(CNN)In the course of President Donald Trump's 55-minute public meeting with the top Democratic and Republican leaders in Congress on Tuesday, he said lots -- and lots -- of things. ("I hope we've given you enough material," Trump told reporters at one point. "That should cover you for about two weeks.")
The single most important line from Trump's Tuesday talk-a-thon
But, one line amid all of those sentences stood out to me. It's this one -- on Trump's own beliefs when it comes to immigration policy:
"I think my positions are going to be what the people in this room come up with."
Consider that for a moment.
No issue more defined Trump's candidacy than immigration. Very early on in the 2016 race, he identified the anger and frustration within the Republican base about the government's policies toward undocumented immigrants. His pledge to build a "big" and "beautiful" wall along the country's southern border -- and to make Mexico pay for it! -- was the foundation on which his campaign (and its appeal) was built. It was the cornerstone.
And yet, in a meeting with all of the top congressional leaders in both parties, Trump made very clear that he was pretty much good with whatever they came up with on immigration. His position on how to balance border security, funding for the wall (more of a fence, Trump clarified Tuesday, and broken up with natural barriers like rivers) and the extension of the Deferred Action for Childhood Arrivals (DACA) program would be entirely dictated by what sort of deal they cut.
"I'm signing it," Trump pledged at one point in the meeting about a -- really, any -- possible legislative deal. "I mean, I will be signing it." At another, he assured lawmakers "if they come to me with things I'm not in love with, I'm going to do it."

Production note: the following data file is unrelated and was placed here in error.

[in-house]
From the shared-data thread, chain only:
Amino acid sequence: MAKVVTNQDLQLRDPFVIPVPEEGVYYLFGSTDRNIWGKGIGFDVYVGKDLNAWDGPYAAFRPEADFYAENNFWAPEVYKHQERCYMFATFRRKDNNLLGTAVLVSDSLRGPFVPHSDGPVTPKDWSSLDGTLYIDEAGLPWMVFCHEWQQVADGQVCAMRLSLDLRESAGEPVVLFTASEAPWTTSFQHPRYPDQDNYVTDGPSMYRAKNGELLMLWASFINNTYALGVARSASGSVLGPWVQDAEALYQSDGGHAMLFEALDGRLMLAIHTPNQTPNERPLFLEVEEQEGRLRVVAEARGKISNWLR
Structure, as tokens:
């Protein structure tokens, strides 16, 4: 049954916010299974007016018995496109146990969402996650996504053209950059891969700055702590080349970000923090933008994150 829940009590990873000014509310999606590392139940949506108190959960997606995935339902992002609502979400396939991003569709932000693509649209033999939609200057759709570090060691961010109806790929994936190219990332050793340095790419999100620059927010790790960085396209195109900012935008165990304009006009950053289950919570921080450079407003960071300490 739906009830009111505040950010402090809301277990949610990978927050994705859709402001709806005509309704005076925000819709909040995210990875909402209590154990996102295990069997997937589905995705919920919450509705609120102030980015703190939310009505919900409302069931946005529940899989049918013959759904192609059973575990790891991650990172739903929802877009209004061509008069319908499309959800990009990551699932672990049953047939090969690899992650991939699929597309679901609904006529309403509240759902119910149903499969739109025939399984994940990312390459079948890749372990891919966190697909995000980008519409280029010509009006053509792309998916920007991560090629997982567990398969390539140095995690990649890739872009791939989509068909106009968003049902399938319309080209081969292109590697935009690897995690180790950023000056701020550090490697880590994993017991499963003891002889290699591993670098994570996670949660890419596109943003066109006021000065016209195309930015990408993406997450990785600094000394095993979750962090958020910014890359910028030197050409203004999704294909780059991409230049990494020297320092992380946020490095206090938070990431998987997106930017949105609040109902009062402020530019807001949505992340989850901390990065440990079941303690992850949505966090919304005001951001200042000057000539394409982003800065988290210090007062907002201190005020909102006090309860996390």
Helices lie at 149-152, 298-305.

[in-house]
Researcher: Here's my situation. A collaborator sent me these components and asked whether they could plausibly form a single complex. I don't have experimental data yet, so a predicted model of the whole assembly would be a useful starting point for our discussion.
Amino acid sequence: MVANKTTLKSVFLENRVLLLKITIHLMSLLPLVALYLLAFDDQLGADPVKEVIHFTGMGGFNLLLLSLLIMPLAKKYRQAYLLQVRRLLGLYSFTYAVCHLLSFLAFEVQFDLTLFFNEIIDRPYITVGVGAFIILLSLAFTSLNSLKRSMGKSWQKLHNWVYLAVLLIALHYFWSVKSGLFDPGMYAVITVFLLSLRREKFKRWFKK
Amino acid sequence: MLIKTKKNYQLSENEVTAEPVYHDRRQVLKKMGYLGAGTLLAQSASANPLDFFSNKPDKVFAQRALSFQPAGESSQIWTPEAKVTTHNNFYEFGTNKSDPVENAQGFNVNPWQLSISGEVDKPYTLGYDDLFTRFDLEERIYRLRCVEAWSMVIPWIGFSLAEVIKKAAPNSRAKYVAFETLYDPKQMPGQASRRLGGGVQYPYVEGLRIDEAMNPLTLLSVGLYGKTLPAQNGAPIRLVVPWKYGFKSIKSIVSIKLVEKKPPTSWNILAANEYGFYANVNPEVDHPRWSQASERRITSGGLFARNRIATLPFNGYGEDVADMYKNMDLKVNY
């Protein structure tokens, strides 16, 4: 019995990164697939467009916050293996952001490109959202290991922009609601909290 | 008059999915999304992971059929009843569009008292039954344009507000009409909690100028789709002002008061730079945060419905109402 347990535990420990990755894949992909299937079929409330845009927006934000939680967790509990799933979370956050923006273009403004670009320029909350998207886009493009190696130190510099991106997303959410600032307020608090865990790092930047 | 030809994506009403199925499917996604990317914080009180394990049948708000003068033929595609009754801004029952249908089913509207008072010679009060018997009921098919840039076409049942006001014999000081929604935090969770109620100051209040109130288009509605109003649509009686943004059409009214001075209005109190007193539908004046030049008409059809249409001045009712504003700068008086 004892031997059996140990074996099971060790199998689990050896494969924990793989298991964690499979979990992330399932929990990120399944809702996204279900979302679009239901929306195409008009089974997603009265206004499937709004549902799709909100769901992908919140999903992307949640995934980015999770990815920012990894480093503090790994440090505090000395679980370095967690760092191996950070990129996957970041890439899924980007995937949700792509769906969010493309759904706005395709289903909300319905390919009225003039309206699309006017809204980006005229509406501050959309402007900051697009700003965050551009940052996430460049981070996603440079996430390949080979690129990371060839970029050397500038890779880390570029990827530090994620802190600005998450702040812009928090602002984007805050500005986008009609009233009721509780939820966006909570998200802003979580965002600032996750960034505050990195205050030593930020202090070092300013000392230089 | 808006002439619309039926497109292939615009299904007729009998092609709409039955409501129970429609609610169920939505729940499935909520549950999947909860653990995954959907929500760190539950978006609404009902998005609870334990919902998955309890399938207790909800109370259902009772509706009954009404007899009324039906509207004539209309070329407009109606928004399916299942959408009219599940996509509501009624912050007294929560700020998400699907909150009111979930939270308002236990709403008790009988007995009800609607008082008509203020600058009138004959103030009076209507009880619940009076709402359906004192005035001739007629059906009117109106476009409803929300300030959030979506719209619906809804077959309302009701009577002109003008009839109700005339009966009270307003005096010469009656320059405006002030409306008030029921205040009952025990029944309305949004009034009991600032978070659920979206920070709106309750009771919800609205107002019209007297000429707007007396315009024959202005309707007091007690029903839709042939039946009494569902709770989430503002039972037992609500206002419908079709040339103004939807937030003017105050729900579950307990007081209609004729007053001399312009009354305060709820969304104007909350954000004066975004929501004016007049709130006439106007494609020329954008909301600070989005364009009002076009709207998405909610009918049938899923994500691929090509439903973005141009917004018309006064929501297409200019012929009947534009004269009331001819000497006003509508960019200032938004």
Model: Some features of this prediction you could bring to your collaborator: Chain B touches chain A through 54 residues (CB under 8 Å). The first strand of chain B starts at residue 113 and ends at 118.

The Trump on display on Tuesday seems irreconcilable with the Trump from the 2016 campaign or most of his first year in the White House. He portrayed himself in the campaign as someone with a rigid -- and totally un-PC -- belief system, willing to speak hard truths and stick by them even amid backlash. And yet, on Tuesday, he cast himself as a sort of un-partisan deal-maker -- more interested in getting to "yes" than standing on some sort of principle.
Which side represents the real Trump? The cop-out answer is "both" -- and I do think there's some truth to that. Trump has proven himself throughout his life to be hugely mercurial and unpredictable. What he says today -- or even how he acts -- isn't predictive of what he will say or do tomorrow. He believes there is considerable value in keeping people on their toes, never truly knowing what he is thinking.
That said, I do think that the long arc of Trump's life suggests that he, in his perfect world, would be a sort of unideological deal-maker. He fashions himself -- and always has -- as someone uniquely able to make deals.
"I never get too attached to one deal or one approach," Trump wrote in "The Art of the Deal." "For starters, I keep a lot of balls in the air, because most deals fall out, no matter how promising they seem at first."
My strong suspicion is that Trump views policy-making in a very similar light. The details of a policy aren't a huge deal to him -- hence his lack of specific policy knowledge. One example: On Tuesday, Trump seemed to agree with California Sen. Dianne Feinstein that a "clean" DACA bill be passed, meaning without any border security funding attached. House Majority Leader Kevin McCarthy, a California Republican, had to quickly step in to clarify before Trump blundered into a deal that most Republicans in Congress object to.
To be clear: All politicians have fungible beliefs on most issues -- particularly those that get to the level where they can be considered credible candidates for president. Moving up the political ladder often necessitates a series of compromises.
But, almost all politicians also have some policy area where they are unwilling to compromise -- an area untouched (or at least unchanged by) political concerns. The best recent(ish) example of that is John McCain's support for a surge of troops in Iraq in 2007, a move that was politically unpopular at the time but McCain believed was the right thing to do.
What seems to distinguish Trump from most politicians is that there is no obvious issue on which he has a set of beliefs that he considers sacrosanct. There isn't any area where Trump thinks a deal or a compromise isn't possible. The deal is the thing, not the policies that make up the deal.
That's something different than we've seen in the Oval Office before. But, when it comes to Trump, what else is new?